Custom Vacuum Chamber Used in Atomic Layer Deposition Research at University of Colorado’s S.M. George Research Group

10/14/2015 - 15:12

Perry Henderson

Miniaturization to the nanometer scale has been one of the most important trends in science and technology over the past decade. The chemistry to fabricate nanolayers, the engineering for nanocomposite design and the physics of nanostructure properties have created many exciting opportunities for research. These new interdisciplinary areas in nanoscience and nanotechnology supersede the more traditional disciplines and demand new paradigms for collaboration.

University of Colorado’s S.M. George Research Group focuses on ALD (Atomic Layer Deposition) and MLD (Molecular Layer Deposition). Specifically, they are researching the fabrication, design and properties of ultrathin films and nanostructures. They are developing new surface chemistries for thin film growth, measuring thin film growth using in situ techniques and characterizing thin film properties. This research is relevant to many technological areas such as semiconductor processing, flexible displays, MEMS/NEMS, Li ion batteries and fuel cells. Their research bridges many disciplines and they have collaborators in the Departments of Chemistry, Chemical Engineering, Mechanical Engineering and Physics on campus and many others at universities, industries and national laboratories off campus.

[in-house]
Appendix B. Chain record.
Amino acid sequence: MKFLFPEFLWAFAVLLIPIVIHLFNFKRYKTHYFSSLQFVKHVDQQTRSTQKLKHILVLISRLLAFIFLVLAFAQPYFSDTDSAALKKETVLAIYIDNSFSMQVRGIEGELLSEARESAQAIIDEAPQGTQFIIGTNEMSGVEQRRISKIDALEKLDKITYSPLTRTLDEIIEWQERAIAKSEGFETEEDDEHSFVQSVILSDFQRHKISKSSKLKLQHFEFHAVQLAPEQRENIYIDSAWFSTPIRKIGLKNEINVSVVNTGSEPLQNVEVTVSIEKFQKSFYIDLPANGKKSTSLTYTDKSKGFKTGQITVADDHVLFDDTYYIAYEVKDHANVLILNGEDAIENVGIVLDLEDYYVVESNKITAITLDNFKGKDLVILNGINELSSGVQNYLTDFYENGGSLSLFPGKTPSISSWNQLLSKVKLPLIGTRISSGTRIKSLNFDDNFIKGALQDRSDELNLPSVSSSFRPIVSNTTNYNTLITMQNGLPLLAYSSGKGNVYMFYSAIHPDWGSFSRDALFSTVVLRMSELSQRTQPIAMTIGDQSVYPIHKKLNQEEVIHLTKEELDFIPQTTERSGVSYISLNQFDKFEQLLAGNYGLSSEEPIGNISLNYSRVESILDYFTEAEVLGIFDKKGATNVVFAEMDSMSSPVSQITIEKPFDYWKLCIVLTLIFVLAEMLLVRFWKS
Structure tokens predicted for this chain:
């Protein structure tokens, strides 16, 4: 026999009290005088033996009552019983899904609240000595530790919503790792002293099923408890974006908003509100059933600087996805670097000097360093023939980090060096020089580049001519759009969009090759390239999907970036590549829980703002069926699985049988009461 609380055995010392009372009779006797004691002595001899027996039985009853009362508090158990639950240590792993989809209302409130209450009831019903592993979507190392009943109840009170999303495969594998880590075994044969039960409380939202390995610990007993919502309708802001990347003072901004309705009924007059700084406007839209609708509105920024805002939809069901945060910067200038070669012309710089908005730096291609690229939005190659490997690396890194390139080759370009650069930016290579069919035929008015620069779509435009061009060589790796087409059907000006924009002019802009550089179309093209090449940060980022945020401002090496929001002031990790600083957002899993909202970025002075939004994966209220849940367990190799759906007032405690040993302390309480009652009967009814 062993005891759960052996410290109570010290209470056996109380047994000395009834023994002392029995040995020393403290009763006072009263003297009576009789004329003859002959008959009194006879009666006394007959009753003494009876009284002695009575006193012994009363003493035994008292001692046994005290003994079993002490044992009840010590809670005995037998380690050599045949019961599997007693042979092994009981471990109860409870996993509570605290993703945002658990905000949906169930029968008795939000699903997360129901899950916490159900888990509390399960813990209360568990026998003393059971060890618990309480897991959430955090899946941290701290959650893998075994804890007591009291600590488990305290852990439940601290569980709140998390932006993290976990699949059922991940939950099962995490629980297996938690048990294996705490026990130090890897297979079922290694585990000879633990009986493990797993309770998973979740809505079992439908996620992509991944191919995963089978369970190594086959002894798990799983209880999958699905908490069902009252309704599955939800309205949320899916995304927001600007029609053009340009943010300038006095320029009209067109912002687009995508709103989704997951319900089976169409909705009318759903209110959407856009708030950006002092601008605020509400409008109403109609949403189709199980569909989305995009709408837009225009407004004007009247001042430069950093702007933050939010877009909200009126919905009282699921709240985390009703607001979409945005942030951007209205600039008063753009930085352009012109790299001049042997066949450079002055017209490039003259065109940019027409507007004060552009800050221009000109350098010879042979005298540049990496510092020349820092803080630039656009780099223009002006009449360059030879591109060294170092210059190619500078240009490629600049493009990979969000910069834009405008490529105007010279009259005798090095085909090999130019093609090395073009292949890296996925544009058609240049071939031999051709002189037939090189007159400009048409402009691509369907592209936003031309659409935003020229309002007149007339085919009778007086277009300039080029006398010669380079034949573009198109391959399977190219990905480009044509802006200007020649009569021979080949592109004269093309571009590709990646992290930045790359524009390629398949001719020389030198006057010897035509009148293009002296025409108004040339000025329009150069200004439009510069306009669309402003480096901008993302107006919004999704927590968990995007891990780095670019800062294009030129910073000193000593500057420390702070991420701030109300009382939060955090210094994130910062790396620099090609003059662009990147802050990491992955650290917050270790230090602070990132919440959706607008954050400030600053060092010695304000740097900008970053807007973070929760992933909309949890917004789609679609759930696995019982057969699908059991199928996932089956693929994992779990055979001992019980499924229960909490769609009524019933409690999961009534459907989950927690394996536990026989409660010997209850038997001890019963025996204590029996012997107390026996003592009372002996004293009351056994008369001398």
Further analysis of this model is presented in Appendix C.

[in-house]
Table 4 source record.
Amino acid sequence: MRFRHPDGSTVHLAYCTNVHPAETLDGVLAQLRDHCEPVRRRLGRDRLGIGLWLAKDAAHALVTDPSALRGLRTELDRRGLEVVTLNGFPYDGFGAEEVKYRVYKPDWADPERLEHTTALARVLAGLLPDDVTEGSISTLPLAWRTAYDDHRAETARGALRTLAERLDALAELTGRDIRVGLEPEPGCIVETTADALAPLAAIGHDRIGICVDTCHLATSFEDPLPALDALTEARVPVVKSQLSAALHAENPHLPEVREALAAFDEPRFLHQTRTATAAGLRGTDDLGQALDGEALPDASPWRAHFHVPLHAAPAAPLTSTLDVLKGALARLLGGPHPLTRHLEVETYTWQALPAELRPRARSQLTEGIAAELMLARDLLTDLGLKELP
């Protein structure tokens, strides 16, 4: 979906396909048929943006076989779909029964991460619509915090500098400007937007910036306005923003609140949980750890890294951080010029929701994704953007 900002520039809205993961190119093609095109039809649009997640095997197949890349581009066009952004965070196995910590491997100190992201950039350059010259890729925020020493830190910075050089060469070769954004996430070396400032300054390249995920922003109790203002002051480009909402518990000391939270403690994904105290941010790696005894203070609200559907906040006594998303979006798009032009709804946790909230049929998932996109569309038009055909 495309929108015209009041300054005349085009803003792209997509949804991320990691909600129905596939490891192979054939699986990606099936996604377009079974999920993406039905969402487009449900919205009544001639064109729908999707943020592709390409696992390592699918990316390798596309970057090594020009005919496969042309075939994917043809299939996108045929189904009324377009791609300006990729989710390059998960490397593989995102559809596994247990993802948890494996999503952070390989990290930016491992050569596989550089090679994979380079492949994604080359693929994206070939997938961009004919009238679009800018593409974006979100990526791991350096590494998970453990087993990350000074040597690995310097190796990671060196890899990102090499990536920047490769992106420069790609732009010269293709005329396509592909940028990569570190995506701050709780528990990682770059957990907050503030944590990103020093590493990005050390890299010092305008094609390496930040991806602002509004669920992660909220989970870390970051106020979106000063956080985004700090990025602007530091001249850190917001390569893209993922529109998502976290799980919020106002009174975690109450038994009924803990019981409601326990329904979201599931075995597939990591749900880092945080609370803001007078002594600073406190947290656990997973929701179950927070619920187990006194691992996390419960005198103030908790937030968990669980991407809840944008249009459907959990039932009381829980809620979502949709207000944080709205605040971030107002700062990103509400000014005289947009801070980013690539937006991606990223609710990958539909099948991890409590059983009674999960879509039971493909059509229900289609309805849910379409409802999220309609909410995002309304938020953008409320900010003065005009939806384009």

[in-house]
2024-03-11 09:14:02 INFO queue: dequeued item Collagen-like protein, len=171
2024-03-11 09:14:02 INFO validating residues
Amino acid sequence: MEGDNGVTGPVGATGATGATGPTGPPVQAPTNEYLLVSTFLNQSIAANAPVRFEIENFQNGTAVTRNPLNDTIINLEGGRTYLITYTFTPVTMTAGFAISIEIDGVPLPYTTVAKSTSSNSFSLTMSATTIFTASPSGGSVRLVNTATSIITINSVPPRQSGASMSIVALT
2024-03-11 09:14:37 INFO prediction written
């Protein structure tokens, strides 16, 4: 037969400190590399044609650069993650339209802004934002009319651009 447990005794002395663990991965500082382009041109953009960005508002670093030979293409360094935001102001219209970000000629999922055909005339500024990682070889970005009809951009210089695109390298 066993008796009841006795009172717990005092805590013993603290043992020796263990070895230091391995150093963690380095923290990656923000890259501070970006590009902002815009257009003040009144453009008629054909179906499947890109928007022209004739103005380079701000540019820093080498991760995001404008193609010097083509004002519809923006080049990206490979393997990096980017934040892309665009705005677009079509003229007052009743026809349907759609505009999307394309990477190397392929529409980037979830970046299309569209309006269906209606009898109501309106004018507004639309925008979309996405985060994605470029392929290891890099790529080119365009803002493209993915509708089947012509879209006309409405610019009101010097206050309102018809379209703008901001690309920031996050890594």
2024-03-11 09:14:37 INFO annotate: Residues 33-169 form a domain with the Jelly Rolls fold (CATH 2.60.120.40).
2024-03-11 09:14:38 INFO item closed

alt This is a TEM image of 60 nm ZrO2 particles coated by ALD with Al2O3. This work was done by Jarod McCormick.

A special project directed by senior research associate, Andrew Cavanagh, required a vacuum chamber 9 feet in length, numerous side ports with critical alignment, sufficient rigidity to maintain locational tolerances during process, and precisely aligned rail system for trolley that moved back-and-forth inside the chamber. Applied Vacuum Technology and its parent company, Anderson-Dahlen, collaborated to provide engineering and fabrication support for this custom vacuum chamber which Cavanagh needed in order to carry out his ALD research.


AVT specializes in UHV chambers, assemblies and components. But the overall length of this chamber exceeded their CNC milling capacity. Fortunately, Anderson-Dahlen also manufactures vacuum chambers and can manage much larger scale. Our engineering groups collaborated to account for critical features of this ALD process chamber, including mechanical and stress analysis, in order to provide design suggestions to the customer and assure their deposition sources and in-vacuum motion would function effectively.

Ultimately this large ALD chamber, rail and lids were delivered to Cavanagh's lab in Boulder, CO on an extremely tight timeline and with very good results… and the research project is advancing nicely!